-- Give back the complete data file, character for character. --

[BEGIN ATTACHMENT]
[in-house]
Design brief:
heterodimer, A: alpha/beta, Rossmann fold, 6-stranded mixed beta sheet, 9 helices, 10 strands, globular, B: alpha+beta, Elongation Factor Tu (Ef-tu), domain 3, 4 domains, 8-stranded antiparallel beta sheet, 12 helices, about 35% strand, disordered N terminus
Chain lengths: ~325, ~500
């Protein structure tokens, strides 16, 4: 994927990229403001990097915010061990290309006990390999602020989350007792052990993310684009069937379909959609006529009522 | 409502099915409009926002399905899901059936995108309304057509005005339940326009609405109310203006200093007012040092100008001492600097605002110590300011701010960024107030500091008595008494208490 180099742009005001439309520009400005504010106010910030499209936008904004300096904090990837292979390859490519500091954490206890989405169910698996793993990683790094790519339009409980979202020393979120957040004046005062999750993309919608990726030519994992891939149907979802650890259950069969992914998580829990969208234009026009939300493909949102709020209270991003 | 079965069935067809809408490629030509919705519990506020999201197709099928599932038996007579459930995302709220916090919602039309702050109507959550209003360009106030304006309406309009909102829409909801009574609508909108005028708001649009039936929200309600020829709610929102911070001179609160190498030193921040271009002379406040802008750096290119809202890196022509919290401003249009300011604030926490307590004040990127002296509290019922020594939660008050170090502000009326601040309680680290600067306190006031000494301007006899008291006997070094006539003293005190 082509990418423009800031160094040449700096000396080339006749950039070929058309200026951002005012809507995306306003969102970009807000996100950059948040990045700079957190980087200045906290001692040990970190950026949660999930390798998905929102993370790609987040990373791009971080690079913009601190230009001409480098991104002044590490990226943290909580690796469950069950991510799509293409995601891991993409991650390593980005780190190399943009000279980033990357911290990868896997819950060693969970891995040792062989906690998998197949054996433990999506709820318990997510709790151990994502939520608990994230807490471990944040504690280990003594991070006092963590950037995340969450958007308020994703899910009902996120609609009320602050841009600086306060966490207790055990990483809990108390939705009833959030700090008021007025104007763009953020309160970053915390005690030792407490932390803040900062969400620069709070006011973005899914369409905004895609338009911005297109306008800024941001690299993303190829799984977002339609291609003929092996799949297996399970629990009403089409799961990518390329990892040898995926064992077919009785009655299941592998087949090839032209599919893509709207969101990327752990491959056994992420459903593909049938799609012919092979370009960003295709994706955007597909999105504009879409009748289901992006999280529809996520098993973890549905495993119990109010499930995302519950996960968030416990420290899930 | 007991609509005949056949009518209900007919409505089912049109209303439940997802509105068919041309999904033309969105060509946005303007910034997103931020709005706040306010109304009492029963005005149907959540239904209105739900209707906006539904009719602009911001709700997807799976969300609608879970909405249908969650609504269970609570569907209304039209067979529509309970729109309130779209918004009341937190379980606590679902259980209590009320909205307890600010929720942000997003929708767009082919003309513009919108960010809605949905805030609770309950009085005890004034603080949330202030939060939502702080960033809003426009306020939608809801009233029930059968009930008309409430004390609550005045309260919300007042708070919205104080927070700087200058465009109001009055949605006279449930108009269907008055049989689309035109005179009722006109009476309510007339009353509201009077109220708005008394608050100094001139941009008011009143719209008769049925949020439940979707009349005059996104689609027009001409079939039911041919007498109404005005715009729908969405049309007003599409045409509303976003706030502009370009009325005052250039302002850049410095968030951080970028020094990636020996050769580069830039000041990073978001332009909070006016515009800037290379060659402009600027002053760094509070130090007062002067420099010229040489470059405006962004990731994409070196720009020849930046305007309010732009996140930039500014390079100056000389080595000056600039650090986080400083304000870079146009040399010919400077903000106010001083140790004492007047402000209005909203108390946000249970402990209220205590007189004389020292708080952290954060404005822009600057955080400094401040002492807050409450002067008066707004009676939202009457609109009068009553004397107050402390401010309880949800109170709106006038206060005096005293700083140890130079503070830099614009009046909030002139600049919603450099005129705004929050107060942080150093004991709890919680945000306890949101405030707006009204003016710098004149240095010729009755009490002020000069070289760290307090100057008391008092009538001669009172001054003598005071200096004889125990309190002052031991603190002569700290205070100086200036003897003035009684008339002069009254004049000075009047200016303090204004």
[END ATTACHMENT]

[in-house]
Design brief:
heterodimer, A: alpha/beta, Rossmann fold, 6-stranded mixed beta sheet, 9 helices, 10 strands, globular, B: alpha+beta, Elongation Factor Tu (Ef-tu), domain 3, 4 domains, 8-stranded antiparallel beta sheet, 12 helices, about 35% strand, disordered N terminus
Chain lengths: ~325, ~500
């Protein structure tokens, strides 16, 4: 994927990229403001990097915010061990290309006990390999602020989350007792052990993310684009069937379909959609006529009522 | 409502099915409009926002399905899901059936995108309304057509005005339940326009609405109310203006200093007012040092100008001492600097605002110590300011701010960024107030500091008595008494208490 180099742009005001439309520009400005504010106010910030499209936008904004300096904090990837292979390859490519500091954490206890989405169910698996793993990683790094790519339009409980979202020393979120957040004046005062999750993309919608990726030519994992891939149907979802650890259950069969992914998580829990969208234009026009939300493909949102709020209270991003 | 079965069935067809809408490629030509919705519990506020999201197709099928599932038996007579459930995302709220916090919602039309702050109507959550209003360009106030304006309406309009909102829409909801009574609508909108005028708001649009039936929200309600020829709610929102911070001179609160190498030193921040271009002379406040802008750096290119809202890196022509919290401003249009300011604030926490307590004040990127002296509290019922020594939660008050170090502000009326601040309680680290600067306190006031000494301007006899008291006997070094006539003293005190 082509990418423009800031160094040449700096000396080339006749950039070929058309200026951002005012809507995306306003969102970009807000996100950059948040990045700079957190980087200045906290001692040990970190950026949660999930390798998905929102993370790609987040990373791009971080690079913009601190230009001409480098991104002044590490990226943290909580690796469950069950991510799509293409995601891991993409991650390593980005780190190399943009000279980033990357911290990868896997819950060693969970891995040792062989906690998998197949054996433990999506709820318990997510709790151990994502939520608990994230807490471990944040504690280990003594991070006092963590950037995340969450958007308020994703899910009902996120609609009320602050841009600086306060966490207790055990990483809990108390939705009833959030700090008021007025104007763009953020309160970053915390005690030792407490932390803040900062969400620069709070006011973005899914369409905004895609338009911005297109306008800024941001690299993303190829799984977002339609291609003929092996799949297996399970629990009403089409799961990518390329990892040898995926064992077919009785009655299941592998087949090839032209599919893509709207969101990327752990491959056994992420459903593909049938799609012919092979370009960003295709994706955007597909999105504009879409009748289901992006999280529809996520098993973890549905495993119990109010499930995302519950996960968030416990420290899930 | 007991609509005949056949009518209900007919409505089912049109209303439940997802509105068919041309999904033309969105060509946005303007910034997103931020709005706040306010109304009492029963005005149907959540239904209105739900209707906006539904009719602009911001709700997807799976969300609608879970909405249908969650609504269970609570569907209304039209067979529509309970729109309130779209918004009341937190379980606590679902259980209590009320909205307890600010929720942000997003929708767009082919003309513009919108960010809605949905805030609770309950009085005890004034603080949330202030939060939502702080960033809003426009306020939608809801009233029930059968009930008309409430004390609550005045309260919300007042708070919205104080927070700087200058465009109001009055949605006279449930108009269907008055049989689309035109005179009722006109009476309510007339009353509201009077109220708005008394608050100094001139941009008011009143719209008769049925949020439940979707009349005059996104689609027009001409079939039911041919007498109404005005715009729908969405049309007003599409045409509303976003706030502009370009009325005052250039302002850049410095968030951080970028020094990636020996050769580069830039000041990073978001332009909070006016515009800037290379060659402009600027002053760094509070130090007062002067420099010229040489470059405006962004990731994409070196720009020849930046305007309010732009996140930039500014390079100056000389080595000056600039650090986080400083304000870079146009040399010919400077903000106010001083140790004492007047402000209005909203108390946000249970402990209220205590007189004389020292708080952290954060404005822009600057955080400094401040002492807050409450002067008066707004009676939202009457609109009068009553004397107050402390401010309880949800109170709106006038206060005096005293700083140890130079503070830099614009009046909030002139600049919603450099005129705004929050107060942080150093004991709890919680945000306890949101405030707006009204003016710098004149240095010729009755009490002020000069070289760290307090100057008391008092009538001669009172001054003598005071200096004889125990309190002052031991603190002569700290205070100086200036003897003035009684008339002069009254004049000075009047200016303090204004």